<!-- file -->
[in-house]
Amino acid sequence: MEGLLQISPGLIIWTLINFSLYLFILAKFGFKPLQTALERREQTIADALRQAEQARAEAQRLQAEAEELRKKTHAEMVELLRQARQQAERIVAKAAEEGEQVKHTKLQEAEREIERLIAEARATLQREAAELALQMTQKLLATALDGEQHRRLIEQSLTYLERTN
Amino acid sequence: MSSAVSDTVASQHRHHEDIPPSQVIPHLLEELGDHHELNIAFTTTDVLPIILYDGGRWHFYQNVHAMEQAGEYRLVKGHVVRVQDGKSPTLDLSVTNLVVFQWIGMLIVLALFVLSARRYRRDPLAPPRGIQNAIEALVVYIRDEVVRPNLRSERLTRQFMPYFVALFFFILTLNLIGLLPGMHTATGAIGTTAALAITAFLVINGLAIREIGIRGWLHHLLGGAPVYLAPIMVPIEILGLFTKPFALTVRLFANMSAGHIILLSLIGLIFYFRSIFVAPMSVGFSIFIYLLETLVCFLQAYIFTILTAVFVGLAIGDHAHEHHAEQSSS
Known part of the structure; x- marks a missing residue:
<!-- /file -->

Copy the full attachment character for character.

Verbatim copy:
[in-house]
Amino acid sequence: MEGLLQISPGLIIWTLINFSLYLFILAKFGFKPLQTALERREQTIADALRQAEQARAEAQRLQAEAEELRKKTHAEMVELLRQARQQAERIVAKAAEEGEQVKHTKLQEAEREIERLIAEARATLQREAAELALQMTQKLLATALDGEQHRRLIEQSLTYLERTN
Amino acid sequence: MSSAVSDTVASQHRHHEDIPPSQVIPHLLEELGDHHELNIAFTTTDVLPIILYDGGRWHFYQNVHAMEQAGEYRLVKGHVVRVQDGKSPTLDLSVTNLVVFQWIGMLIVLALFVLSARRYRRDPLAPPRGIQNAIEALVVYIRDEVVRPNLRSERLTRQFMPYFVALFFFILTLNLIGLLPGMHTATGAIGTTAALAITAFLVINGLAIREIGIRGWLHHLLGGAPVYLAPIMVPIEILGLFTKPFALTVRLFANMSAGHIILLSLIGLIFYFRSIFVAPMSVGFSIFIYLLETLVCFLQAYIFTILTAVFVGLAIGDHAHEHHAEQSSS
Known part of the structure; x- marks a missing residue: